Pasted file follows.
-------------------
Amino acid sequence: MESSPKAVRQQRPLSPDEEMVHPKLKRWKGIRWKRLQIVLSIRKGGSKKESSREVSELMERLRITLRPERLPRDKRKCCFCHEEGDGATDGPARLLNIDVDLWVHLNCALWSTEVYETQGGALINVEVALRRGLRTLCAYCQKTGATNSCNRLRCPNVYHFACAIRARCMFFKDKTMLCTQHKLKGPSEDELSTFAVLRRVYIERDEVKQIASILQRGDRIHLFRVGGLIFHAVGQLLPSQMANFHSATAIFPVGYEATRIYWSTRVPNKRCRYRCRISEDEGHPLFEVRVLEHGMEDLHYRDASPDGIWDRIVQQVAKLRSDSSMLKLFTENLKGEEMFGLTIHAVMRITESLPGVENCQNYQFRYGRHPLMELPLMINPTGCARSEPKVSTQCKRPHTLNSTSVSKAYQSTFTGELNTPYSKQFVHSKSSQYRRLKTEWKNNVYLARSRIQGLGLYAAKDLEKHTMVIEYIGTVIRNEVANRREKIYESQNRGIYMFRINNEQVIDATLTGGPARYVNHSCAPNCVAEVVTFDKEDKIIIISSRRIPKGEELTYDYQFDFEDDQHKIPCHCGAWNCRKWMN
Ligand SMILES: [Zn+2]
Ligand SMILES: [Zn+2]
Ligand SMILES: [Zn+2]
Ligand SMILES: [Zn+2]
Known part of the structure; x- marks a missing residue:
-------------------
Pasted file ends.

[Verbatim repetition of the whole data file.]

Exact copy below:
Amino acid sequence: MESSPKAVRQQRPLSPDEEMVHPKLKRWKGIRWKRLQIVLSIRKGGSKKESSREVSELMERLRITLRPERLPRDKRKCCFCHEEGDGATDGPARLLNIDVDLWVHLNCALWSTEVYETQGGALINVEVALRRGLRTLCAYCQKTGATNSCNRLRCPNVYHFACAIRARCMFFKDKTMLCTQHKLKGPSEDELSTFAVLRRVYIERDEVKQIASILQRGDRIHLFRVGGLIFHAVGQLLPSQMANFHSATAIFPVGYEATRIYWSTRVPNKRCRYRCRISEDEGHPLFEVRVLEHGMEDLHYRDASPDGIWDRIVQQVAKLRSDSSMLKLFTENLKGEEMFGLTIHAVMRITESLPGVENCQNYQFRYGRHPLMELPLMINPTGCARSEPKVSTQCKRPHTLNSTSVSKAYQSTFTGELNTPYSKQFVHSKSSQYRRLKTEWKNNVYLARSRIQGLGLYAAKDLEKHTMVIEYIGTVIRNEVANRREKIYESQNRGIYMFRINNEQVIDATLTGGPARYVNHSCAPNCVAEVVTFDKEDKIIIISSRRIPKGEELTYDYQFDFEDDQHKIPCHCGAWNCRKWMN
Ligand SMILES: [Zn+2]
Ligand SMILES: [Zn+2]
Ligand SMILES: [Zn+2]
Ligand SMILES: [Zn+2]
Known part of the structure; x- marks a missing residue: